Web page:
Dispersion of Heavy Petroleum Gases in the Atmosphere

Alakalabi, Abdullah (2020) Dispersion of Heavy Petroleum Gases in the Atmosphere. Doctoral thesis, University of Central Lancashire.

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This research addresses hazards of liquefied petroleum gases in its applications. The hazards are caused by the leakage of gases and valued by risk analysis and assessment in safety management. However, to accurately calculate the risks, detailed knowledge on processes and development of leaked gases are critical. Hence, the aim of this PhD is to investigate the processes and development of the gas leakage dispersion.

The leakage of a liquefied natural gas or liquefied petroleum gas experiences evaporating and mixing with ambient air to form a vapour cloud, heavier than air. When concentration of the vapour cloud lies within the limit of flammability and if the cloud make contact with the source of ignition and then the cloud could ignite that in case, a large and strong explosion will firstly occur and then fire follows, which could cause damage to the people and properties. This research study is therefore developing a novel approach for analysing vapour cloud dispersion at petroleum gas processing facilities. This is achieved based on existing computational fluid dynamics technology and tools such as ANSYS-CFX, FDS, and in-house solvers. Using these tools, the process for liquefied gas leakages and dispersions are simulated and the characteristics of petroleum gas vapour clouds are analysed. Three main case studies and flashing jets of liquefied petroleum gases are simulated and explored. Effects of the obstacles which are placed behind the leakage source with different height on heavy gas dispersion in the atmosphere are investigated under various conditions of the stratified flows. Sub-scale structures, which are of the order of obstacle lengths, heights and dominated by obstacle configurations were created in the gas clouds. Such sub-scale structures significantly impact the formation of gas clouds. Finally, recommendations for computational modelling of petroleum gas clouds are developed. The achieved results from this research evidently show consistency when compared intensively with published data by other researchers.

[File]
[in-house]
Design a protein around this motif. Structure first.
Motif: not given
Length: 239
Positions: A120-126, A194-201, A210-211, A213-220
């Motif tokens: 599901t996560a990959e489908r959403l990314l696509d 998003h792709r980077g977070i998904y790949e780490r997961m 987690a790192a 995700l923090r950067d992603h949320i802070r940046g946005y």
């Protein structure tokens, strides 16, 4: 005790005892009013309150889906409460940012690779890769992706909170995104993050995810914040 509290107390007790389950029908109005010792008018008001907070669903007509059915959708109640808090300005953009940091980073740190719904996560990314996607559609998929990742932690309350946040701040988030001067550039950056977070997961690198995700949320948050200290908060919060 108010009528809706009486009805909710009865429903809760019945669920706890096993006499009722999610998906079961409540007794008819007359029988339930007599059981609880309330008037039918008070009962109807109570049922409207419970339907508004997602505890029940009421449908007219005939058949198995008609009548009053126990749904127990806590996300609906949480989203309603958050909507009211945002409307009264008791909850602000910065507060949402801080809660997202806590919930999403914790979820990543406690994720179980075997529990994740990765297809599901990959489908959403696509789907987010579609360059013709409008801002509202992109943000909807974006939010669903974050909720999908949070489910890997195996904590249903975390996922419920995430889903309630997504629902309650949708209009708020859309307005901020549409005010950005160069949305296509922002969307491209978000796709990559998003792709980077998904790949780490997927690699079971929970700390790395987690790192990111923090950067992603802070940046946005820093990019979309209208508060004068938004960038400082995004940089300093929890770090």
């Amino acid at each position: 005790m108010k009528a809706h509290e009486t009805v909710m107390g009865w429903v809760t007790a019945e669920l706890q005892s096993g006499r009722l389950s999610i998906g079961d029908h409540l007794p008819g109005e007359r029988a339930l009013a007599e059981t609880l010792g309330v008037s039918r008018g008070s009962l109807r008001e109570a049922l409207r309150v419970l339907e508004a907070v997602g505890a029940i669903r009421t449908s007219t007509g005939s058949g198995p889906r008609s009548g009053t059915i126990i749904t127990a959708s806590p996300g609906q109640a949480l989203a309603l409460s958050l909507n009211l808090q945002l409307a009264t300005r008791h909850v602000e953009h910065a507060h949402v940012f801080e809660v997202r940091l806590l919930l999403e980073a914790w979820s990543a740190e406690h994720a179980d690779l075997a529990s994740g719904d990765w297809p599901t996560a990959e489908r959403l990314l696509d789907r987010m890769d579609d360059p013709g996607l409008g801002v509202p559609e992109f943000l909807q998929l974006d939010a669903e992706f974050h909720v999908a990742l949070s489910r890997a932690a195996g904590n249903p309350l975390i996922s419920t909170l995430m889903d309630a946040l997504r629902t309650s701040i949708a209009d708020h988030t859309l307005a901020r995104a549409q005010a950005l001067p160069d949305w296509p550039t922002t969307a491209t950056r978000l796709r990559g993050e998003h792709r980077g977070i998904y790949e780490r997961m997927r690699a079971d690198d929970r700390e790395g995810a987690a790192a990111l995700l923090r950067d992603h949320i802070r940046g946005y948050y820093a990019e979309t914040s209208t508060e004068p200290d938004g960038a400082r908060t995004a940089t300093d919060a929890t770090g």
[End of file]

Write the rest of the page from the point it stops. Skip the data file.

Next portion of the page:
The study discusses thermodynamic properties of atmosphere along with the properties of petroleum gas. Properties of heavy gas clouds and the process of their formation has been discussed. Also, combustion reactions are reviewed alongside the happened accidents and the simulation of fire explosions is discussed.

In this work, the formation of flashing jet has been analysed with an example of liquefied petroleum gas. Two-phase flow has been brought into consideration through the Eulerian
Lagrangian model and gas phase calculations are done through Navier-Stokes’s equation. Thermodynamic properties of the liquefied gas along with their storage conditions inside the liquefied tanks are discussed. Furthermore, Liquefied mist has been tracked through Lagrangian particles. Procedure for the mathematical modelling of liquefied mist along with the dynamics of the particle has been discussed. Distribution of the mist droplets size have been discussed. Change in the droplet’s temperature has been linked with heat and mass transfer through different equations.

The findings from this work will provide a framework to analyse the behaviour of liquefied natural gas or liquefied petroleum gas leakages that will be benefitted to investigate accidental fires and explosions. The findings also provide a basis for risk assessment and management.

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